A Quick Guide to Sant Jordi: Celebrating the Day of Books and Roses
Posted On April 23, 2016
Every April 23, Barcelona (and all of Catalonia) becomes filled with bookstalls and roses on the most romantic day of the year! Locals celebrate the day of Sant Jordi (Saint George), the patron saint of Catalonia by rummaging through the many stands in search of the perfect book and stopping for a vermouth or tapa along the way. Roses are adorned with ribbons in the Catalan colors and you can see the white shield with a red cross, the symbol of Sant Jordi throughout the city.
Similar to Valentine’s day in the United States, which is rooted in both Christian (Saint Valentine) and ancient Roman traditions, the day of Sant Jordi originates from the Middle Ages. Due to western influence, some Catalan youngsters celebrate Valentine’s day as well, but Sant Jordi is equally focused on the romance as it is on the act of exchange and books. UNESCO has named April 23 World Book and Copyright Day partially in honor of the Catalan tradition, but also the death of Shakespeare and many other important events in literature which occurred on the same day.
Books and roses? How did this all begin?
As the legend goes, Sant Jordi saves a princess from a fire breathing dragon who was terrorizing her village. After slaying the dragon through the heart and rescuing the dame, a pool of blood formed and a rose bush emerged. The knight plucked a single rose from the bush and bestowed it upon the princess (they never ended up together, but wishful thinking never hurts). Today, couples, friends and family members exchange roses, which are given to women and books, which are given to men. The addition of giving someone a book was added much later in the 1920s.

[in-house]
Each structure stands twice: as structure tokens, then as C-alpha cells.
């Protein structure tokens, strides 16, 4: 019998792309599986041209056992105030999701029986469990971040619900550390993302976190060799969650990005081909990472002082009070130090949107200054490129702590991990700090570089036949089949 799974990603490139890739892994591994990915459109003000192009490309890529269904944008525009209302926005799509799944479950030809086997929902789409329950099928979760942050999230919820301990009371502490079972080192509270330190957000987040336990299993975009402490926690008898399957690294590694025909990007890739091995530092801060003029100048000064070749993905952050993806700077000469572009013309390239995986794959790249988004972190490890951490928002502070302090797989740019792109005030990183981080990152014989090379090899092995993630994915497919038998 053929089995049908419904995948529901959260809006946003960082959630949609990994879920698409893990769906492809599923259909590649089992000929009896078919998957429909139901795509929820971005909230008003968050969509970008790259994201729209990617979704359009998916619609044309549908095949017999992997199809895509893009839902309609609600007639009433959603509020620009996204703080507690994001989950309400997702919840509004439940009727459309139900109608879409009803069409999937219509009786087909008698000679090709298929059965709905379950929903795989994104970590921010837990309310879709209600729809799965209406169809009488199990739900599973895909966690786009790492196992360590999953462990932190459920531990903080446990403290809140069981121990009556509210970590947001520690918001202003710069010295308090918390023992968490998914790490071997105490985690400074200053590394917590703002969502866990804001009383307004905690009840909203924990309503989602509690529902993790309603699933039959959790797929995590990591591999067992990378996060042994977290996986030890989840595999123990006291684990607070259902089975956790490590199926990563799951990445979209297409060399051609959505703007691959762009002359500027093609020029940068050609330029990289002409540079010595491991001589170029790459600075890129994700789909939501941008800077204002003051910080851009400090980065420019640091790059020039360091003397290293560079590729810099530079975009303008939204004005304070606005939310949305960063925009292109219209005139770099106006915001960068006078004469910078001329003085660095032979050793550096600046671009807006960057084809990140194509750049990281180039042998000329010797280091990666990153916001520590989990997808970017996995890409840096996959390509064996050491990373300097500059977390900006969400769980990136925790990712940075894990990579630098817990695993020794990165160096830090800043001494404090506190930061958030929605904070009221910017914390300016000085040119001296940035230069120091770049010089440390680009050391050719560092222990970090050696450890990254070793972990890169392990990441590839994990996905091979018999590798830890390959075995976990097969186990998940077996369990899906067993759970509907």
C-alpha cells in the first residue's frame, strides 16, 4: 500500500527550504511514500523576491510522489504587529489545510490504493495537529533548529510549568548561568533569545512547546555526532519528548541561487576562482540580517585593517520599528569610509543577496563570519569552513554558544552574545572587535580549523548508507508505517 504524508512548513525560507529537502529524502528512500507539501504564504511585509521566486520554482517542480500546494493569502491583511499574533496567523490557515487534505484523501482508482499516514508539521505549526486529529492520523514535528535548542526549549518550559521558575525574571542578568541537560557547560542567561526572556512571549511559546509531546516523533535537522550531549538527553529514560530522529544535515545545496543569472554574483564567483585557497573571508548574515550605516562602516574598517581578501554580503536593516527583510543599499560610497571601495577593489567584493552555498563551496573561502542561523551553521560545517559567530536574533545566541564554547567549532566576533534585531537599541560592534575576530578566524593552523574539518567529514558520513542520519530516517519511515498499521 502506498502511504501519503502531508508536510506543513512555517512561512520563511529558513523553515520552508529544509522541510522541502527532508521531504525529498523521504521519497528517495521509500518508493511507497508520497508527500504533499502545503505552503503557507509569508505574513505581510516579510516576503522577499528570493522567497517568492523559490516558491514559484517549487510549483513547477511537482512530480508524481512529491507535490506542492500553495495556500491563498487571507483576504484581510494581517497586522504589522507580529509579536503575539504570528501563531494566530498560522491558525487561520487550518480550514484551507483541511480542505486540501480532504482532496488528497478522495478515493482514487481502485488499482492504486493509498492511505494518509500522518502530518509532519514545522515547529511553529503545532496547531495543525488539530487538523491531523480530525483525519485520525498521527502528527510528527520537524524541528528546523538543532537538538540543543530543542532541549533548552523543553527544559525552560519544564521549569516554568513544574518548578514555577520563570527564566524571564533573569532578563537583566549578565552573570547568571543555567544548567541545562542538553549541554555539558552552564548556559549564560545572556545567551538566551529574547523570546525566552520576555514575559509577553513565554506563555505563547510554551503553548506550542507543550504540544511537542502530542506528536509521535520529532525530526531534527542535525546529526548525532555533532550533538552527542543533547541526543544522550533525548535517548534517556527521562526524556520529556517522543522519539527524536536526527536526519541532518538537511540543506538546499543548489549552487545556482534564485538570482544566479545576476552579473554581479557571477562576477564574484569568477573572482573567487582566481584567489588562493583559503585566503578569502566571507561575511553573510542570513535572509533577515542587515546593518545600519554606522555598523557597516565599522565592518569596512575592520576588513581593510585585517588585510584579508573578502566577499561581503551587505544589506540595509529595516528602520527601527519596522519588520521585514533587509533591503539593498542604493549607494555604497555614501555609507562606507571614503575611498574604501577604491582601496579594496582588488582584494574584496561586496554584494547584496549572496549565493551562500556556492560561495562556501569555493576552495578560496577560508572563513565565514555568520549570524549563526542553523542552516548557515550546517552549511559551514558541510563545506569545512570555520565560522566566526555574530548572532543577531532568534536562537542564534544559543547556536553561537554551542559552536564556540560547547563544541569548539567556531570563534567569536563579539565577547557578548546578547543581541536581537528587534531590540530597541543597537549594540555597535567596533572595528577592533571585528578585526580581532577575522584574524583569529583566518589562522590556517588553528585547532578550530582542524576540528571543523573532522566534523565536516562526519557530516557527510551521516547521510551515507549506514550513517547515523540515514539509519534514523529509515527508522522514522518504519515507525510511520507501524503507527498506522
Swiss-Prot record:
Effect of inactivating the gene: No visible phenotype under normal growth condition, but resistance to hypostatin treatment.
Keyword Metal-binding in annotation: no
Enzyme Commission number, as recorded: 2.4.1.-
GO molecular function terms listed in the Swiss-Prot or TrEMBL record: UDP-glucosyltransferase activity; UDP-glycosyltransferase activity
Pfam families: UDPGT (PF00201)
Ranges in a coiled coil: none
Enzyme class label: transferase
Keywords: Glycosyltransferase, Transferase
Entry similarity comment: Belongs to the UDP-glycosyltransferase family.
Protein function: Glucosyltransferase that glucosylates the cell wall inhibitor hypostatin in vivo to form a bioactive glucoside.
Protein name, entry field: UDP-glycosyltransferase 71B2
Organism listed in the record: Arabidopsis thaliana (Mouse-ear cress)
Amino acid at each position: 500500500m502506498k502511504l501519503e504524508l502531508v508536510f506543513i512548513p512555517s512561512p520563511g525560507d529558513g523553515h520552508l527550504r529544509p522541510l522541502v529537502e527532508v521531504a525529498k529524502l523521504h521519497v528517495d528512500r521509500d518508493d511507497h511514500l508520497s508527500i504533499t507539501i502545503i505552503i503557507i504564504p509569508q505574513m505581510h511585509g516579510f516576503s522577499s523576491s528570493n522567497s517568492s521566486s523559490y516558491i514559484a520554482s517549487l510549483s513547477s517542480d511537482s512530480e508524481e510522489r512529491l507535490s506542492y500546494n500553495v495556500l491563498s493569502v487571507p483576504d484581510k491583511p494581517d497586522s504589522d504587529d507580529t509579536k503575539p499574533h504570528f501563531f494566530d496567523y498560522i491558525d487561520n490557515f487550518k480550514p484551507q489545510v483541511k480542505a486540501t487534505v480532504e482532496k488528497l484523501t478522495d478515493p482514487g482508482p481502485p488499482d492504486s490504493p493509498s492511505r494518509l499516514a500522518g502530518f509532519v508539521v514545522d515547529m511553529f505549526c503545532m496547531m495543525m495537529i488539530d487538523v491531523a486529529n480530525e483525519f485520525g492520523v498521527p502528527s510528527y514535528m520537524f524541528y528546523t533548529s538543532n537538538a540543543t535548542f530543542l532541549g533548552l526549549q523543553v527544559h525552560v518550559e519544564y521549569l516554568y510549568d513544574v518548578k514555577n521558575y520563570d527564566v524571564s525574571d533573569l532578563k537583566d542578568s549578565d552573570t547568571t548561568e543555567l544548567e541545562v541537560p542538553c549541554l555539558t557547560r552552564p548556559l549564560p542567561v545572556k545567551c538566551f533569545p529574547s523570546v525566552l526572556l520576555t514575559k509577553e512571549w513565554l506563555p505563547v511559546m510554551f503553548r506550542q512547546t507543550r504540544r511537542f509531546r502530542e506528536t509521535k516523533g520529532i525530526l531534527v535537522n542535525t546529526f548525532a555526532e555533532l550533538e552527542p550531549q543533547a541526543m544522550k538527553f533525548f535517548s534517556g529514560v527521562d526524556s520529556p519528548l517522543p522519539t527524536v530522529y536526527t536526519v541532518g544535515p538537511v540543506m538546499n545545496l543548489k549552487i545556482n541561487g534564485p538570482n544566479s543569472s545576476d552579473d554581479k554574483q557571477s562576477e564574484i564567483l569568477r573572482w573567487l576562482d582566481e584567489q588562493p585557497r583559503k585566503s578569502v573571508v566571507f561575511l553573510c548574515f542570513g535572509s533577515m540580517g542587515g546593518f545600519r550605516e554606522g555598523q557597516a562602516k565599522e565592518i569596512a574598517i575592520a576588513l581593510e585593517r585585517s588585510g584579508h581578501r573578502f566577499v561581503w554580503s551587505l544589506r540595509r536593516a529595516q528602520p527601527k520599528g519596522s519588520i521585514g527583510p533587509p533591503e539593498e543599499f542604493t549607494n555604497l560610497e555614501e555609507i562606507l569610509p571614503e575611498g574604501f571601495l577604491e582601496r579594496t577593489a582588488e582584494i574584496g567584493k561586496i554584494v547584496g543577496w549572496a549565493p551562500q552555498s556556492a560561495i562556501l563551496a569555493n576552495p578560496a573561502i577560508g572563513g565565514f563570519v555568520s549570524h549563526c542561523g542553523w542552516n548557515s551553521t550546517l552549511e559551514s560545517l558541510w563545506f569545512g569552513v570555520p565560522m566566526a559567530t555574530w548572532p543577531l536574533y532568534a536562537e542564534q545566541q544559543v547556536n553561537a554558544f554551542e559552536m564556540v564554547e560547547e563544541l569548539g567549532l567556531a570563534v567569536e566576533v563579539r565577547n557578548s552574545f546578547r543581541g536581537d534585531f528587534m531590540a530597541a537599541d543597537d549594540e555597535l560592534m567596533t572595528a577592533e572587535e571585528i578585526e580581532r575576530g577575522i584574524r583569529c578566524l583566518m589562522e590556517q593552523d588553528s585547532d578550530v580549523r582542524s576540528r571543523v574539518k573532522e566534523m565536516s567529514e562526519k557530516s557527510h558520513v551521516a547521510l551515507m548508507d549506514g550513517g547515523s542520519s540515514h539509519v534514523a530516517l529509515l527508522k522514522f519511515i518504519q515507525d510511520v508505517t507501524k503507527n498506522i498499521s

There could be a Sant Jordi event near you!
The #BooksAndRoses project promises to spread this special tradition and the love of literature to the world. Last year 130 events took place in more than 40 countries! Take a look at their website to search for events.
In Catalonia, more books are sold on April 23 than any other day of the year, more than 500,000 of them!
Up to six million roses are sold for Sant Jordi, many imported to keep up with demand.
Miguel de Cervantes Saavedra, author of Don Quixote and William Wordsworth, famous English poet both died on April 23 as well.
Saint George is also the patron saint of England.
Today, it’s common for women to also receive books as well as roses.
Where to visit
Most of the book stalls will be set up in the city center along Las Ramblas and Passeig de Grácia. These areas get really crowded during peak hours and if you’re looking for a book in English, it can be quite difficult. On the other hand, there are all kinds of stalls to look at, from self-published books, children’s books, collectables or comics. All the big Spanish publishing houses will have a stand with their new releases, making a great gift for someone back home who reads Spanish or Catalan.
The Barcelona city hall in Plaça de Sant Jaume will open its doors on April 23, where visitors can see special rooms not normally open to the public.
Many famous Catalan and international authors will have signings in Plaça Catalunya. Check out signs posted there for the timetable and don’t forget to bring or buy their book!
Visit the fountain of Sant Jordi in the cloister of the Barcelona Cathedral.